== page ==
Today is the second day of the Keep It Real Challenge; time to talk about how this issue affects me personally.
My whole life, I've been surrounded with girls and boys saying the same things: "I have to lose weight," "I need to to work out," "I wish my nose looked different," and especially, "I wish I looked like (insert name here)." I myself would say things like that as well. Because we were surrounded by the media yelling at us that no matter what we do we'd never reach that unattainable beauty, we all want to look a different way. We feel as if who and what we are isn't enough. The fact that young kids are exposed to those thoughts and ideas should be alarming, and honestly, people don't treat it that way.
Magazines such as Seventeen Photoshop photographs of their models, girls of only 16 and 17 years of age. I think it's shocking to think that their natural beauty isn't enough. It's sad that editors think it's necessary to change any aspect of these girls physique; they're perfect the way they are. Seventeen boasts that they include women of all different shapes and sizes, and from what I remember, they do have articles that try to appeal to all women. Their fashion articles have tips for women of all sizes: tall, short, thin, curvy, petite, full-bottomed. It's a shame that they refuse to include this mindset to the photographs as well.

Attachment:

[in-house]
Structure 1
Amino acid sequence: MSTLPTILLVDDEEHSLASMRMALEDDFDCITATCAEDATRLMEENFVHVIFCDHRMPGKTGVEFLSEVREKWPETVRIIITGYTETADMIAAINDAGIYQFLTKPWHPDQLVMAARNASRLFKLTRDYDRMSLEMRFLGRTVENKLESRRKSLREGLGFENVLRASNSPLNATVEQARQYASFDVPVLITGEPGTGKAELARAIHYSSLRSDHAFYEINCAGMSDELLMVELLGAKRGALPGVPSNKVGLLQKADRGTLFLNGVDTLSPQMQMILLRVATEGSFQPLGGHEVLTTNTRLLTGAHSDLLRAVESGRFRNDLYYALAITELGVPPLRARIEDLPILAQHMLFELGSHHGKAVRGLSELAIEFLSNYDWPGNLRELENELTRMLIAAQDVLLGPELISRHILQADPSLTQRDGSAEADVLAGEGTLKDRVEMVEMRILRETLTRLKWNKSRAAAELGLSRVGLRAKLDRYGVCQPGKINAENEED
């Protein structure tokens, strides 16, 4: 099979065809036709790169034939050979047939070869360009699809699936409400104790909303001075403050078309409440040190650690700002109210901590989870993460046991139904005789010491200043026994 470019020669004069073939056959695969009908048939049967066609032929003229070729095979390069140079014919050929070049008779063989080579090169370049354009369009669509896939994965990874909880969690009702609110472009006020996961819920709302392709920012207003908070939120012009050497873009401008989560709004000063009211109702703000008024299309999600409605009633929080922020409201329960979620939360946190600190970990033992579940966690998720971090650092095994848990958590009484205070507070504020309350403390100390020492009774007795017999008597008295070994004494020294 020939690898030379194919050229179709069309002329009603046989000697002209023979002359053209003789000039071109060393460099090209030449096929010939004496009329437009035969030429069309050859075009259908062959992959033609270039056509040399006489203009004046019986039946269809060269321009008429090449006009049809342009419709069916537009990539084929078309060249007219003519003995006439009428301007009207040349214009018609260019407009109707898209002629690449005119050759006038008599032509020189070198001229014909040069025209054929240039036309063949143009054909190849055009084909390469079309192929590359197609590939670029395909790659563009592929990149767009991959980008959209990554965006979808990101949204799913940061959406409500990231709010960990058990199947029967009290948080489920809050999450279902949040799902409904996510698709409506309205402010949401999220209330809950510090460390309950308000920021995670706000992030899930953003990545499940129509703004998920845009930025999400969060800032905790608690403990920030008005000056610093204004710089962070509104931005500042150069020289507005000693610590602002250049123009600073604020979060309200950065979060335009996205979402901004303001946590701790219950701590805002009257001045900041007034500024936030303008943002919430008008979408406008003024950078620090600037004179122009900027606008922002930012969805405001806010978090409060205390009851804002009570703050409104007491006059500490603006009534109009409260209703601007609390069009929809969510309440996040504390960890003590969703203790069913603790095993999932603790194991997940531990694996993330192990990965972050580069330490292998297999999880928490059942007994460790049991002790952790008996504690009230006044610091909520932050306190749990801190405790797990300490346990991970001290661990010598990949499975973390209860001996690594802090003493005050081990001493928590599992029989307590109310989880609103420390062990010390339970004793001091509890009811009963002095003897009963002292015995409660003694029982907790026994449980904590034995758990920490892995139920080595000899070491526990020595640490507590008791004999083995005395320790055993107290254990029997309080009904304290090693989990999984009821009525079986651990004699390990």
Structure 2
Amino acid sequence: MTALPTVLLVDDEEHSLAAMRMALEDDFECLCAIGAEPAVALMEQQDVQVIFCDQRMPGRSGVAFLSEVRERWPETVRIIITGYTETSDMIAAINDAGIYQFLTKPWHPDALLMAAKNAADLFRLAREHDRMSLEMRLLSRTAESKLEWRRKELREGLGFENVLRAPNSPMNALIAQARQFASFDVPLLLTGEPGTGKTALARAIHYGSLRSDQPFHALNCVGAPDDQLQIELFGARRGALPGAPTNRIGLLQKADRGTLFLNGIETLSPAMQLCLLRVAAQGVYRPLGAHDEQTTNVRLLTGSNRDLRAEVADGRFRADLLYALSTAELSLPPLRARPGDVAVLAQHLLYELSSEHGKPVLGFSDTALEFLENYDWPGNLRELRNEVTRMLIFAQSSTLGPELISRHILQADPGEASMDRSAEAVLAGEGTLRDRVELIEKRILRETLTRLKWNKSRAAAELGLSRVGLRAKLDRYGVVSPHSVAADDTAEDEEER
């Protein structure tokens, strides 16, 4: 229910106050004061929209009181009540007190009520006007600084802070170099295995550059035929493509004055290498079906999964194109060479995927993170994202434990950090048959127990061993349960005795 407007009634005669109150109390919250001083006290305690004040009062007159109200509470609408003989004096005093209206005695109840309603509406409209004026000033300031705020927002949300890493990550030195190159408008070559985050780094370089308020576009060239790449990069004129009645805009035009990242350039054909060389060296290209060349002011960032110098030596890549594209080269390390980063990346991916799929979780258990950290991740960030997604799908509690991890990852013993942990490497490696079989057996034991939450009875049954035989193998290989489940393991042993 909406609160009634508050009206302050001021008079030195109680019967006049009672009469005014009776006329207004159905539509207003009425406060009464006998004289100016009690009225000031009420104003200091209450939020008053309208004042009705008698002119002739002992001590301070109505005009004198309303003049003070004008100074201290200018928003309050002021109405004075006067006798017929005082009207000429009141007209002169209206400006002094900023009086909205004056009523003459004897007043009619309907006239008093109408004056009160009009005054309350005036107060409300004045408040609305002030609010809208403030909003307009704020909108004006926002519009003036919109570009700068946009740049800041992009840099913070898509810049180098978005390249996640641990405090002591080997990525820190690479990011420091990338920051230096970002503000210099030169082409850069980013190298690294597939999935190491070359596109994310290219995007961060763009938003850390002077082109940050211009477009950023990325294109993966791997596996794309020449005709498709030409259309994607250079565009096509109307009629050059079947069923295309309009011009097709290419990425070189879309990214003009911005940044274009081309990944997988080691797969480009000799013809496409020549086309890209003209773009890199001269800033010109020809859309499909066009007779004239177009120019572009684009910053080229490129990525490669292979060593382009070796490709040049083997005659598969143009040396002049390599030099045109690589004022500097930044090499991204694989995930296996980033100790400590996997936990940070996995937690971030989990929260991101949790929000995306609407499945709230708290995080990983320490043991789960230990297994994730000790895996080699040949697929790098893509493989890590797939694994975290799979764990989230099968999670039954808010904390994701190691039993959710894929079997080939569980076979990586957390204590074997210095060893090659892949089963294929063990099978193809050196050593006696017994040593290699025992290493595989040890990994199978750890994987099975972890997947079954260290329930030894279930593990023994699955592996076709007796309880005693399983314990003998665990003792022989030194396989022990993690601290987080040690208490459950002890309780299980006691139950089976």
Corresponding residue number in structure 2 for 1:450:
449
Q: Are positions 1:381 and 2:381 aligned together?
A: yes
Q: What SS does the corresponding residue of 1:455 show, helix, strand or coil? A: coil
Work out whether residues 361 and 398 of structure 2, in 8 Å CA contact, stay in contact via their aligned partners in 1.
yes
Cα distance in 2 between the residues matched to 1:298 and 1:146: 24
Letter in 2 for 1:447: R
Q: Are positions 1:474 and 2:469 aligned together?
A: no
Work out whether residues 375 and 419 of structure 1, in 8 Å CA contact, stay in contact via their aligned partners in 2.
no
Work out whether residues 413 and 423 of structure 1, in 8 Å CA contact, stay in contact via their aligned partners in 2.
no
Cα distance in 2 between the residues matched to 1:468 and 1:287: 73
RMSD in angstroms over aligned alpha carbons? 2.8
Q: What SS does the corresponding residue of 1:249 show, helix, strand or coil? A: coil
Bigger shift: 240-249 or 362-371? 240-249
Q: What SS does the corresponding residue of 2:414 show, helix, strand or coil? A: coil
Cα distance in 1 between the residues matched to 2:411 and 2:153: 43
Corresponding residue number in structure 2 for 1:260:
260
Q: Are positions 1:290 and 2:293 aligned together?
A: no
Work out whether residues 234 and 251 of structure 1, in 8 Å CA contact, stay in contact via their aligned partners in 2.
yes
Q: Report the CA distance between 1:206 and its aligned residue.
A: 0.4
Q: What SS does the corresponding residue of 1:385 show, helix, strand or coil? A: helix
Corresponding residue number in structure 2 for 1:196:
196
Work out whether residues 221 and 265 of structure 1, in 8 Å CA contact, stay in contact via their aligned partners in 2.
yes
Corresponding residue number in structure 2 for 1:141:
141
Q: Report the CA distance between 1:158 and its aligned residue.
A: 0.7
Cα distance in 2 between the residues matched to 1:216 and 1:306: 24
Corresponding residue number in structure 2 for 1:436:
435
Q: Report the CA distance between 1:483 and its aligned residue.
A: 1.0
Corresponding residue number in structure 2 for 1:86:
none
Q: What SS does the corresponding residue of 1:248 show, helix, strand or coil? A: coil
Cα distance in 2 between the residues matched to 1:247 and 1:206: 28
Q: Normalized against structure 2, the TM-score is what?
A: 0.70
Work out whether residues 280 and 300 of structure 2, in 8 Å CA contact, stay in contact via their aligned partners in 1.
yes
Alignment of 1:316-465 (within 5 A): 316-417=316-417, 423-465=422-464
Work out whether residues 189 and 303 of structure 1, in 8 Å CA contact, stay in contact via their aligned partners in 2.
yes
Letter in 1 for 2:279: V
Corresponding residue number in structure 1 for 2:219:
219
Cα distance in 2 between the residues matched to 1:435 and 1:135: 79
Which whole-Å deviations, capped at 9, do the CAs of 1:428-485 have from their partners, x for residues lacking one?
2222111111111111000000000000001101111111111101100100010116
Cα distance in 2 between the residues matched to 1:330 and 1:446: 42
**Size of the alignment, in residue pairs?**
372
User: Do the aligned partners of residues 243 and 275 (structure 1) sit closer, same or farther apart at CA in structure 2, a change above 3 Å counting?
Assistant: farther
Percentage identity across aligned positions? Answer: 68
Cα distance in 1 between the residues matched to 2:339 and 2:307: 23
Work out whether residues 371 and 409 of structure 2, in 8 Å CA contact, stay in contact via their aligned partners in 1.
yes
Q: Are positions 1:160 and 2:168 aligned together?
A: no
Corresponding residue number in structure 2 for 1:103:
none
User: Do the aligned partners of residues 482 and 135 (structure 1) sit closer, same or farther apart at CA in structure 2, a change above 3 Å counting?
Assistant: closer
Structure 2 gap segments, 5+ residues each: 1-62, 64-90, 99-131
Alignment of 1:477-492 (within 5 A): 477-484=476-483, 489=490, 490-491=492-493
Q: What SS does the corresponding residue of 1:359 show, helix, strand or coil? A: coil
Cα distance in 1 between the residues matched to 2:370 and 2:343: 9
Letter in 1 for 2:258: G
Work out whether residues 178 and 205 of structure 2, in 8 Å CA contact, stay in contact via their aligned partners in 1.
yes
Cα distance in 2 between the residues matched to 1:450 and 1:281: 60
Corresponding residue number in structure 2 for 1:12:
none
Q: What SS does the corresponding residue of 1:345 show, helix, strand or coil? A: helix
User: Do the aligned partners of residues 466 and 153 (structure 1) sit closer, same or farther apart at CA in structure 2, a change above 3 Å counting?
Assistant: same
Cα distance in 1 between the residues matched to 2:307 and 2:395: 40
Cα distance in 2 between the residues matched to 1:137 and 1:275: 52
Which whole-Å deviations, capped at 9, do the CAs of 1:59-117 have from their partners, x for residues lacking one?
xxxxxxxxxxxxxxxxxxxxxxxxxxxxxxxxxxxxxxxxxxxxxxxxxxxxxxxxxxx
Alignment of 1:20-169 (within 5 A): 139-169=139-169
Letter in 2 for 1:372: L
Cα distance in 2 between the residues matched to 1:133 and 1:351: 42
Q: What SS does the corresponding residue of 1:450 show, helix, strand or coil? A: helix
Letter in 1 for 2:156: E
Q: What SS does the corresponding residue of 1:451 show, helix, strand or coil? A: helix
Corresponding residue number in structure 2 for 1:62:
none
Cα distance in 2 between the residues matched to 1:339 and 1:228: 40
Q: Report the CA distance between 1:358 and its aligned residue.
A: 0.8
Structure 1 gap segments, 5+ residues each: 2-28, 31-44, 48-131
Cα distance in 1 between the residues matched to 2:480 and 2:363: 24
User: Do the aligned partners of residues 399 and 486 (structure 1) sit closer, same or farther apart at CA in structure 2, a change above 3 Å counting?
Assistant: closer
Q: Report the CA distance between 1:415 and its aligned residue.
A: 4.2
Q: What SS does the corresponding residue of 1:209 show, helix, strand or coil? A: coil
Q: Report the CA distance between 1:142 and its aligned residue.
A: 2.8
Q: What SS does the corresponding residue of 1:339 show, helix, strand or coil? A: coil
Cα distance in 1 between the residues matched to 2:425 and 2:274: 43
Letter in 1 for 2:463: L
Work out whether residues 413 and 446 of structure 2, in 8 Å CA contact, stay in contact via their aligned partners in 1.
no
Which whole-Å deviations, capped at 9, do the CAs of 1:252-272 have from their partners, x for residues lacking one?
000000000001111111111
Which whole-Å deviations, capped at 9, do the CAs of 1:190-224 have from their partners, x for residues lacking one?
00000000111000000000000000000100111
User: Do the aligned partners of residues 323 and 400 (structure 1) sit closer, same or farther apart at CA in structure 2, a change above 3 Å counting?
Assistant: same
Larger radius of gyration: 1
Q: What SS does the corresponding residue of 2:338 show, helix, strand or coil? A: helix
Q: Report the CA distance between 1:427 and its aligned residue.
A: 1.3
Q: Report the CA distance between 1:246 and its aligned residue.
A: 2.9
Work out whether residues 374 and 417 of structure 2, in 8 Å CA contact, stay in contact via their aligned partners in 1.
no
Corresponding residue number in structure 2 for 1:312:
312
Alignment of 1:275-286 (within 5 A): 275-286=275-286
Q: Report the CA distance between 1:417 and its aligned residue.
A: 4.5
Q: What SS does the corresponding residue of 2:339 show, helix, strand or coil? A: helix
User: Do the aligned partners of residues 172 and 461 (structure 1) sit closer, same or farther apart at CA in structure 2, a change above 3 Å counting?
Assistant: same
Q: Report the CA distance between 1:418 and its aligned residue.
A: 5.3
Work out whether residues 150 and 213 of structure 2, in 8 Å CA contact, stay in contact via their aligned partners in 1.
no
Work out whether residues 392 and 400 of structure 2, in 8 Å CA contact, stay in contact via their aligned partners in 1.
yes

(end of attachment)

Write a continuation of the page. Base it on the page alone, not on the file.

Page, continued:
I don't think a Photoshopped picture makes a difference in marketing. If I see my favorite celebrity on the cover of a magazine, I will buy it regardless of what they're wearing or what color their lipstick is; I buy it because I like her, not because of how the magazine makes her look. As a matter of fact, if I see that the magazine took their Photoshopping too far, I will be less likely to buy it. I find it offensive that they found it necessary to force an already beautiful woman into their ridiculous standards.
I’ve been using Photoshop for years and I know all the tricks of how to make myself “look better.” I won’t lie and say I’ve never taken advantage of that; I have. For my birthday last year, I had a small pimple right above my lip and I really didn’t want that coming out in all my pictures, so I took to Photoshop to fix that. My brother recently graduated, and unfortunately for him (and funny for me) he broke out the night before his graduation and you can clearly see the clump on his cheek in every single picture, including the professional ones, so I took the liberty of clearing that out for him. I think Photoshop can be a great tool if used correctly. There’s no need for my brother’s pimples to taint otherwise beautiful photographs, just like there’s no need for pimples to ruin a spread in a magazine; that’s understandable and even suggested. It’s when editors decide to change the color of someone’s skin, the shape of their nose, and the width of their legs that things go bad.
We’re all beautiful just the way we are.